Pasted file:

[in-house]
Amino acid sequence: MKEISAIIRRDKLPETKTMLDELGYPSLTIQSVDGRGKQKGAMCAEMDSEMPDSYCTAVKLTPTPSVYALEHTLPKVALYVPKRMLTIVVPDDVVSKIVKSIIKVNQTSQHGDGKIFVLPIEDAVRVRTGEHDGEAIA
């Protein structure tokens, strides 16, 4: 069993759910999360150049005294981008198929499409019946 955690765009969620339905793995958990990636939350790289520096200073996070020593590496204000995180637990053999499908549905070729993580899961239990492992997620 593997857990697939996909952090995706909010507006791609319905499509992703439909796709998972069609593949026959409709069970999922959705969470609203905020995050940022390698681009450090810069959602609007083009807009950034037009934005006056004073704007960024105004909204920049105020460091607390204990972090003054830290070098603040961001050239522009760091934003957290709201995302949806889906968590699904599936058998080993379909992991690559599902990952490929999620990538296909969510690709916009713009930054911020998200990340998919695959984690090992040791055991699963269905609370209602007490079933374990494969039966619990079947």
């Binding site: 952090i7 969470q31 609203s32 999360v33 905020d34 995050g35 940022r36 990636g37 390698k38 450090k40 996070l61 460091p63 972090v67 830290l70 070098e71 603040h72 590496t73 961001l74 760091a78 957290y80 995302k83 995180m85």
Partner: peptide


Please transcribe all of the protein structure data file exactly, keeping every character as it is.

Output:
[in-house]
Amino acid sequence: MKEISAIIRRDKLPETKTMLDELGYPSLTIQSVDGRGKQKGAMCAEMDSEMPDSYCTAVKLTPTPSVYALEHTLPKVALYVPKRMLTIVVPDDVVSKIVKSIIKVNQTSQHGDGKIFVLPIEDAVRVRTGEHDGEAIA
């Protein structure tokens, strides 16, 4: 069993759910999360150049005294981008198929499409019946 955690765009969620339905793995958990990636939350790289520096200073996070020593590496204000995180637990053999499908549905070729993580899961239990492992997620 593997857990697939996909952090995706909010507006791609319905499509992703439909796709998972069609593949026959409709069970999922959705969470609203905020995050940022390698681009450090810069959602609007083009807009950034037009934005006056004073704007960024105004909204920049105020460091607390204990972090003054830290070098603040961001050239522009760091934003957290709201995302949806889906968590699904599936058998080993379909992991690559599902990952490929999620990538296909969510690709916009713009930054911020998200990340998919695959984690090992040791055991699963269905609370209602007490079933374990494969039966619990079947």
């Binding site: 952090i7 969470q31 609203s32 999360v33 905020d34 995050g35 940022r36 990636g37 390698k38 450090k40 996070l61 460091p63 972090v67 830290l70 070098e71 603040h72 590496t73 961001l74 760091a78 957290y80 995302k83 995180m85």
Partner: peptide